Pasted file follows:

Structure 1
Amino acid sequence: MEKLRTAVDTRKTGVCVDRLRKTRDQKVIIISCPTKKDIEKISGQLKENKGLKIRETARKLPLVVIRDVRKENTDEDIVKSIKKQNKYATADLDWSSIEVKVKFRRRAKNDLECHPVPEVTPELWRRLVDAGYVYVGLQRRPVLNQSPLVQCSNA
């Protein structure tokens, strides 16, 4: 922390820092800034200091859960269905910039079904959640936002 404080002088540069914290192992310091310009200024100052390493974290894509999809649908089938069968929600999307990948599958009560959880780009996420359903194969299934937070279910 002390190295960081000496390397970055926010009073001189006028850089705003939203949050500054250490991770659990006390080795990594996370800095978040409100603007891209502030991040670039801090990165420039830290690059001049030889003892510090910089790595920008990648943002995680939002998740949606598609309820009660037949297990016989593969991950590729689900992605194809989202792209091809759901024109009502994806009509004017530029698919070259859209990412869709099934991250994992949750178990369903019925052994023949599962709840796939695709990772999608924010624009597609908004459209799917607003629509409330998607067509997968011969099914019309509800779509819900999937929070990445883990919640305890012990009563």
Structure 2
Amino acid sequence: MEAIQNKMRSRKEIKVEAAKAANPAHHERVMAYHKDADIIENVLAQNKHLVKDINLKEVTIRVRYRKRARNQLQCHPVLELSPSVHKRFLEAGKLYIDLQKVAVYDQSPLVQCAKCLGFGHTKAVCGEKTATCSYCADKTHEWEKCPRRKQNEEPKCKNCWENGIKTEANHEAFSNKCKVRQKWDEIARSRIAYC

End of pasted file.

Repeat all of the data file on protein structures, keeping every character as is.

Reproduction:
Structure 1
Amino acid sequence: MEKLRTAVDTRKTGVCVDRLRKTRDQKVIIISCPTKKDIEKISGQLKENKGLKIRETARKLPLVVIRDVRKENTDEDIVKSIKKQNKYATADLDWSSIEVKVKFRRRAKNDLECHPVPEVTPELWRRLVDAGYVYVGLQRRPVLNQSPLVQCSNA
């Protein structure tokens, strides 16, 4: 922390820092800034200091859960269905910039079904959640936002 404080002088540069914290192992310091310009200024100052390493974290894509999809649908089938069968929600999307990948599958009560959880780009996420359903194969299934937070279910 002390190295960081000496390397970055926010009073001189006028850089705003939203949050500054250490991770659990006390080795990594996370800095978040409100603007891209502030991040670039801090990165420039830290690059001049030889003892510090910089790595920008990648943002995680939002998740949606598609309820009660037949297990016989593969991950590729689900992605194809989202792209091809759901024109009502994806009509004017530029698919070259859209990412869709099934991250994992949750178990369903019925052994023949599962709840796939695709990772999608924010624009597609908004459209799917607003629509409330998607067509997968011969099914019309509800779509819900999937929070990445883990919640305890012990009563």
Structure 2
Amino acid sequence: MEAIQNKMRSRKEIKVEAAKAANPAHHERVMAYHKDADIIENVLAQNKHLVKDINLKEVTIRVRYRKRARNQLQCHPVLELSPSVHKRFLEAGKLYIDLQKVAVYDQSPLVQCAKCLGFGHTKAVCGEKTATCSYCADKTHEWEKCPRRKQNEEPKCKNCWENGIKTEANHEAFSNKCKVRQKWDEIARSRIAYC